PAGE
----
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No law and order Renaissance for New South Wales

By Alan Austin - posted Friday, 25 March 2011


The ancestral home of French philosopher Michel de Montaigne has a museum with graphic depictions of the modes of punishment of his time. Montaigne was one of the leading intellectual forces in the Renaissance in France. He wrote about law and order, crime and punishment and sought a more humane regime.

"How many condemnations I have witnessed more criminal than the crime!" Montaigne wrote in 1588. He was referring to the racks, garrotes, blades, knee splitters and chairs of torture in use then because administrators wanted to be seen to be tough on crime.

So after a sobering visit to the magnificent château it was depressing to hear NSW Opposition Leader Barry O'Farrell on March 20th promise a more severe policing regime than his opponents in next Saturday's election.

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Depressing because most voters actually know little about the causes and effects of crime and punishment. And what they do know is often wrong. As Montaigne – a reformist mayor of Bordeaux as well as a philosopher – also said, "Nothing is so firmly believed as what we least know".


What we should know is that more police and more prisons are seldom cost effective. Each inmate costs the public purse more than $50,000 each year – sometimes a greater sum than the amount involved in the original crime.

Higher imprisonment rates do not make communities safer. The USA imprisons 756 people for every 100,000 in the population. Australia imprisons 129 and France 96. The USA is no safer for its vast prisons network. The opposite is true.

Gaols are often used as part of the oppression of racial minorities. Here in France, Muslims comprise about 6% of the population but 56% of prisoners. Aborigines in NSW make up only 2.1% of the population but are 21.3% of prisoners. For Indigenous men, the percentage is higher. Half of all juvenile detainees are Aboriginal kids. These rates are rising, not falling.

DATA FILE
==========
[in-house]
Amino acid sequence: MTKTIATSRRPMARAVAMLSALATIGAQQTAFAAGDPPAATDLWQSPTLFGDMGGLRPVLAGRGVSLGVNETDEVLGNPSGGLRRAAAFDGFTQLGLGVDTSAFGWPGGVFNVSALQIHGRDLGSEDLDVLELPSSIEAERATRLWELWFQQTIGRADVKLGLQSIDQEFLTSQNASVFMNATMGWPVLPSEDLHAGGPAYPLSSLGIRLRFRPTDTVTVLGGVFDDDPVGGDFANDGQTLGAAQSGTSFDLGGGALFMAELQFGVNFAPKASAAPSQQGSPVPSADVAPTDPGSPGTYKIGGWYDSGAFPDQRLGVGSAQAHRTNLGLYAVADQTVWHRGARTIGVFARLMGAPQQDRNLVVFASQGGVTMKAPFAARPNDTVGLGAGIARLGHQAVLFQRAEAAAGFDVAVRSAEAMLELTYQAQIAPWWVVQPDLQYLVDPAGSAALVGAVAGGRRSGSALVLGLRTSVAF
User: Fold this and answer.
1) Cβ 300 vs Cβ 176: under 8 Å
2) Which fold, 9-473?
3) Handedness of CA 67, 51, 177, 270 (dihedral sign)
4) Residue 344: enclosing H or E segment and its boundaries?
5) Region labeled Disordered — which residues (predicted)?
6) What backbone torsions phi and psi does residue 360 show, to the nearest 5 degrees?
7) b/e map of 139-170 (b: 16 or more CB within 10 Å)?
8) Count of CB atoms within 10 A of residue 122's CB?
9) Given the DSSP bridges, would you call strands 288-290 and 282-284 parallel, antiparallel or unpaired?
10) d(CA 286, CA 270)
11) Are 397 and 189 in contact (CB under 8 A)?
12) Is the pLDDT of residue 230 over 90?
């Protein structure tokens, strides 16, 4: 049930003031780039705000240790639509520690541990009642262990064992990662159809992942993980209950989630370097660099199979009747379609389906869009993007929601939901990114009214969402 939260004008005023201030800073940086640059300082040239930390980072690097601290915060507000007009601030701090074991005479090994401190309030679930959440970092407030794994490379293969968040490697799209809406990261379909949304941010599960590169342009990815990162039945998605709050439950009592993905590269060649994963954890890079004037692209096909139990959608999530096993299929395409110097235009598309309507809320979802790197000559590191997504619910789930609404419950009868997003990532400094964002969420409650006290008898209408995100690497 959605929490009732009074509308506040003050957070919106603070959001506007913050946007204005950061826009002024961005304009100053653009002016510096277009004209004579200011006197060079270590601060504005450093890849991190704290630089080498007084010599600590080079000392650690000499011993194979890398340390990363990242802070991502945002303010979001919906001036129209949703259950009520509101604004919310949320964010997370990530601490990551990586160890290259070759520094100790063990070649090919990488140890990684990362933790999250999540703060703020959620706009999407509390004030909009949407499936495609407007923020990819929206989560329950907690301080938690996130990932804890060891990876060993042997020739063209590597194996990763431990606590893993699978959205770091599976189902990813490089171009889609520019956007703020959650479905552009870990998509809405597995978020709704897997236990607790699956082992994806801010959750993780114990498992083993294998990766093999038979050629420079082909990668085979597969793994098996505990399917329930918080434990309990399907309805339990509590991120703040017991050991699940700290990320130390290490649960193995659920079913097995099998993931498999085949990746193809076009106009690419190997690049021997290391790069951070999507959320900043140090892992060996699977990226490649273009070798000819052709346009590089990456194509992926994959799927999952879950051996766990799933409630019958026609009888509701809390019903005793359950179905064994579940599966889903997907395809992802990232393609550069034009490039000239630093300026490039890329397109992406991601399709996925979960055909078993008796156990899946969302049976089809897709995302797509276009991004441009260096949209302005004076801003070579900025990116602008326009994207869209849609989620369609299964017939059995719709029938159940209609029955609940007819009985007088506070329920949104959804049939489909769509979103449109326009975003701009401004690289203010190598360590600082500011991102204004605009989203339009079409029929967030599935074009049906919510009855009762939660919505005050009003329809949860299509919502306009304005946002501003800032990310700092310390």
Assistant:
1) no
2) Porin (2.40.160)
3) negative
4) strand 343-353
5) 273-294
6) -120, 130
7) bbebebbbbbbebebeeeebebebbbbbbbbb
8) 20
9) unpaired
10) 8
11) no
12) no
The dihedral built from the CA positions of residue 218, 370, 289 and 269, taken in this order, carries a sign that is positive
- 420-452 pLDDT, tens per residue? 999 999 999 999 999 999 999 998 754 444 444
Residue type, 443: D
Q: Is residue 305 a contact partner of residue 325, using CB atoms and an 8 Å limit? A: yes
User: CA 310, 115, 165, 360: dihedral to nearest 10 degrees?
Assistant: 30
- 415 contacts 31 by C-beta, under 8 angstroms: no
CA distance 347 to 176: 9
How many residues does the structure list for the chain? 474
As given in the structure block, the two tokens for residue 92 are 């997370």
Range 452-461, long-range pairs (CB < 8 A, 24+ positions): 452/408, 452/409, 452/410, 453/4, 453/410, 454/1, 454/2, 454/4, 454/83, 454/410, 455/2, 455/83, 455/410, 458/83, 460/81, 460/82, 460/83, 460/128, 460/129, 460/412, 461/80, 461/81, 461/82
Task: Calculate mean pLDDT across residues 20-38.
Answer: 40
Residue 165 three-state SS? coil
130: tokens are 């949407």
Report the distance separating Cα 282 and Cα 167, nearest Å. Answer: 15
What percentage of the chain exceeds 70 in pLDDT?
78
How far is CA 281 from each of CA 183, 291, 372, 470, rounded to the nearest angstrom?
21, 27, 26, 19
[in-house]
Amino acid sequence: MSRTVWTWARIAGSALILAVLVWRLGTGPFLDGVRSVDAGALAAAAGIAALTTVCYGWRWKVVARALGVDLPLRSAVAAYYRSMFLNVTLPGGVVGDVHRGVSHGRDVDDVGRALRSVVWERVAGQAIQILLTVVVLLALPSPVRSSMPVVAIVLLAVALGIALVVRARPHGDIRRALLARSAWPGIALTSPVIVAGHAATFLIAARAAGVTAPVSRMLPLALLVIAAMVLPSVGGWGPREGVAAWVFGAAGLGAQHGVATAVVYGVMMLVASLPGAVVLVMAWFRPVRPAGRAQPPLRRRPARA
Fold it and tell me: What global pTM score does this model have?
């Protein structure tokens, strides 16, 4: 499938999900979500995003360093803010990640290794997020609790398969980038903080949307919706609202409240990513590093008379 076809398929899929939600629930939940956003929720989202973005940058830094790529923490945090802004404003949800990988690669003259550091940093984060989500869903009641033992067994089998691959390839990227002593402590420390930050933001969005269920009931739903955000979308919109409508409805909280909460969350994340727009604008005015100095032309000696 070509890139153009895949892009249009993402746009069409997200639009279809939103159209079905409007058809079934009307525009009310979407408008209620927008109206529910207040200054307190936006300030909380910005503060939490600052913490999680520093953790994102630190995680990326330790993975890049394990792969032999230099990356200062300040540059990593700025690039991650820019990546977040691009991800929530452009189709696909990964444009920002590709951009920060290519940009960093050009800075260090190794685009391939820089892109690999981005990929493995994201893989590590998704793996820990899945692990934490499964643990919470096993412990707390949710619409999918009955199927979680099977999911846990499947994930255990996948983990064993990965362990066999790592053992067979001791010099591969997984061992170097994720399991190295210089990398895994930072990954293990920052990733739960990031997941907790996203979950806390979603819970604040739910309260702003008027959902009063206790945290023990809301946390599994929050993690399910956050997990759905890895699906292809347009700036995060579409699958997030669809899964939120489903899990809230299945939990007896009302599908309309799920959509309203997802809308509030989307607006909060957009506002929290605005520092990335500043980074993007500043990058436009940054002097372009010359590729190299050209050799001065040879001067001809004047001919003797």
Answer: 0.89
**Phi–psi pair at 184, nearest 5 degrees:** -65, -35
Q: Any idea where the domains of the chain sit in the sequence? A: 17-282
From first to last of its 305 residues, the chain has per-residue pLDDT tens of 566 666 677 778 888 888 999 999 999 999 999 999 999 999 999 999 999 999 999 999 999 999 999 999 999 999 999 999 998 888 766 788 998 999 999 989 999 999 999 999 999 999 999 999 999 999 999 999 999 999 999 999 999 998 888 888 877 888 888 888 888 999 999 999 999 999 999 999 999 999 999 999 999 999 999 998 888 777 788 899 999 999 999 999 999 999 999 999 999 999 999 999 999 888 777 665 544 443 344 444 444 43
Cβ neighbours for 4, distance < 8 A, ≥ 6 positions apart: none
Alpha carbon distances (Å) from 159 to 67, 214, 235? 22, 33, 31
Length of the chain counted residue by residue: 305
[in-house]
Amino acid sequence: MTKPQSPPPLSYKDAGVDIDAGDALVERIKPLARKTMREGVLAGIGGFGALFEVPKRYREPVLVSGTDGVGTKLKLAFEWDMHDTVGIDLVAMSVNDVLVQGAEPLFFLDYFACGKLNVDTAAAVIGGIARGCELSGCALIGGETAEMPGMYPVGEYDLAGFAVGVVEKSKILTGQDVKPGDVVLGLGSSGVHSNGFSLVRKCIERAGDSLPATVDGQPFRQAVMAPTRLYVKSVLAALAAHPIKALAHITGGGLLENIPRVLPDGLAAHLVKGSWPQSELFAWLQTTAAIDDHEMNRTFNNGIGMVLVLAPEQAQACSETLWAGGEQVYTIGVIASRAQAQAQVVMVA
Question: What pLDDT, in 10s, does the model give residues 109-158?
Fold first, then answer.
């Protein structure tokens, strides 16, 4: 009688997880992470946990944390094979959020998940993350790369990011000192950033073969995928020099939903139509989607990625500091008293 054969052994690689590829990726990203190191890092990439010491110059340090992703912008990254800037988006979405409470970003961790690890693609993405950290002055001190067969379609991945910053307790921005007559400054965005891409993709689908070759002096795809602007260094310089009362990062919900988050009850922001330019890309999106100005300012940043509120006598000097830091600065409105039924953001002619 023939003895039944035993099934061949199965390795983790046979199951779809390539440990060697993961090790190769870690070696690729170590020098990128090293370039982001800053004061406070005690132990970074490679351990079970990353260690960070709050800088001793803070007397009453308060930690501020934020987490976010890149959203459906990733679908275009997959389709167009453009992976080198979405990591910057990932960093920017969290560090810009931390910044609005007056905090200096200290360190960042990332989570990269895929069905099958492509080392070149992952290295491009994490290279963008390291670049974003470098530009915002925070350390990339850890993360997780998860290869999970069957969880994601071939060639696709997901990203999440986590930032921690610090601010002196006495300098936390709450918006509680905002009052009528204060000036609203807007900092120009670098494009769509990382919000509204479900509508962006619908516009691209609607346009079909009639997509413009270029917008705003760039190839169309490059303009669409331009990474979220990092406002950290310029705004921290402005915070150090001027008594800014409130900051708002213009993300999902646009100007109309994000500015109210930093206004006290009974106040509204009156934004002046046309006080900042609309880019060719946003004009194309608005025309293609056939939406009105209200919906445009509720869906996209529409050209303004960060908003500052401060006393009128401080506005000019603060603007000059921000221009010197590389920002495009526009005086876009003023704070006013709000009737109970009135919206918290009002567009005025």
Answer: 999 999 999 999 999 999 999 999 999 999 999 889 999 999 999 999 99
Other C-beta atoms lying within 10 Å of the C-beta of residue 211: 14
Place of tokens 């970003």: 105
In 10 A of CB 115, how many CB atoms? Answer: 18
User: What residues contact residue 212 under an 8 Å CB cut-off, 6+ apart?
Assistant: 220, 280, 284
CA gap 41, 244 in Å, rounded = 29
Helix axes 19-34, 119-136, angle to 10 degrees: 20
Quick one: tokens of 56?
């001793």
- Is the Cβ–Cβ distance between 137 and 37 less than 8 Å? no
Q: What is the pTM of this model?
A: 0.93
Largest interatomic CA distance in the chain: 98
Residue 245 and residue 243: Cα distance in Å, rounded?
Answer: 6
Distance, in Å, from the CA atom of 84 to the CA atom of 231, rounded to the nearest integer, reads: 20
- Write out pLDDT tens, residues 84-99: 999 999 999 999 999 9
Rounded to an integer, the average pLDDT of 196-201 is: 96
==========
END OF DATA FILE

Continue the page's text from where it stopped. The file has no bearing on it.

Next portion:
Prisons continue to be schools for crime. Many of those released from NSW prisons reoffend within a year. This also is a global problem. A document released by WikiLeaks last December quotes (a senior French official reporting that "It is often the shock of prison, detailed the RG report, that transforms petty criminals into Islamic extremists".

NSW for all its trumpeted failures under Labor has not had a law and order crisis. The auditor general's 2010 report to Parliament shows the overall crime rate in New South Wales was stable or has fallen compared with previous years.

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A report from the NSW Bureau of Crime Statistics and Research states that "property crime has declined 5.6% over the past 24 months, while personal crime and alcohol related assault remained stable over the same period".

The Auditor-General's report affirmed that NSW had some of the best results for court timeliness in Australia. It found also that the state performs better than the national rate for successful community correction orders, 80.0% to 71.2%.

These were the positives. On the negative side, the proportion of the adult population sent to prison was 11.6% above the national rate. And the state's rate of an individual's return to prison, 42.9%, was higher than the national average of 39.3%.

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About the Author

Alan Austin is an Australian freelance journalist currently based in Nīmes in the South of France. His special interests are overseas development, Indigenous affairs and the interface between the religious communities and secular government. As a freelance writer, Alan has worked for many media outlets over the years and been published in most Australian newspapers. He worked for eight years with ABC Radio and Television’s religious broadcasts unit and seven years with World Vision. His most recent part-time appointment was with the Uniting Church magazine Crosslight.

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